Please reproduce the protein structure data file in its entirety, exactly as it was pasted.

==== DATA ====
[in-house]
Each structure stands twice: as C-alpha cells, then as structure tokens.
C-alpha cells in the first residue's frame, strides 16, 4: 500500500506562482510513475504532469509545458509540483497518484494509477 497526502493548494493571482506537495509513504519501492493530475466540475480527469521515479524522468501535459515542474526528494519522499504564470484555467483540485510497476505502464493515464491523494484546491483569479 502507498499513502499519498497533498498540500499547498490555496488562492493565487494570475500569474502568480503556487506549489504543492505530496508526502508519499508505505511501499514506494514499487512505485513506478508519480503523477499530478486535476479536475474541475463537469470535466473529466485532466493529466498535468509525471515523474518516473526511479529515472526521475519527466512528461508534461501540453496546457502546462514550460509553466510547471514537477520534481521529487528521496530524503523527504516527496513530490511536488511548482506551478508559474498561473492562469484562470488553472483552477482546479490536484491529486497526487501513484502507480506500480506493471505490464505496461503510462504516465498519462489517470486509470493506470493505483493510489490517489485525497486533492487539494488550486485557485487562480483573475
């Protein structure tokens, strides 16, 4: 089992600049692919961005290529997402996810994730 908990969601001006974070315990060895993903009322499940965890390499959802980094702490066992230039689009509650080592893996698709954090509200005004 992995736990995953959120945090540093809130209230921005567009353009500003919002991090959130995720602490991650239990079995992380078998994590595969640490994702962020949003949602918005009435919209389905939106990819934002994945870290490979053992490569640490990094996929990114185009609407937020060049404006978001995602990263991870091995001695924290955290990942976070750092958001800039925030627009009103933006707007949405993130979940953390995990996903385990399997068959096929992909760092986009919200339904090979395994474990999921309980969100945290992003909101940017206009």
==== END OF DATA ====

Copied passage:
[in-house]
Each structure stands twice: as C-alpha cells, then as structure tokens.
C-alpha cells in the first residue's frame, strides 16, 4: 500500500506562482510513475504532469509545458509540483497518484494509477 497526502493548494493571482506537495509513504519501492493530475466540475480527469521515479524522468501535459515542474526528494519522499504564470484555467483540485510497476505502464493515464491523494484546491483569479 502507498499513502499519498497533498498540500499547498490555496488562492493565487494570475500569474502568480503556487506549489504543492505530496508526502508519499508505505511501499514506494514499487512505485513506478508519480503523477499530478486535476479536475474541475463537469470535466473529466485532466493529466498535468509525471515523474518516473526511479529515472526521475519527466512528461508534461501540453496546457502546462514550460509553466510547471514537477520534481521529487528521496530524503523527504516527496513530490511536488511548482506551478508559474498561473492562469484562470488553472483552477482546479490536484491529486497526487501513484502507480506500480506493471505490464505496461503510462504516465498519462489517470486509470493506470493505483493510489490517489485525497486533492487539494488550486485557485487562480483573475
């Protein structure tokens, strides 16, 4: 089992600049692919961005290529997402996810994730 908990969601001006974070315990060895993903009322499940965890390499959802980094702490066992230039689009509650080592893996698709954090509200005004 992995736990995953959120945090540093809130209230921005567009353009500003919002991090959130995720602490991650239990079995992380078998994590595969640490994702962020949003949602918005009435919209389905939106990819934002994945870290490979053992490569640490990094996929990114185009609407937020060049404006978001995602990263991870091995001695924290955290990942976070750092958001800039925030627009009103933006707007949405993130979940953390995990996903385990399997068959096929992909760092986009919200339904090979395994474990999921309980969100945290992003909101940017206009």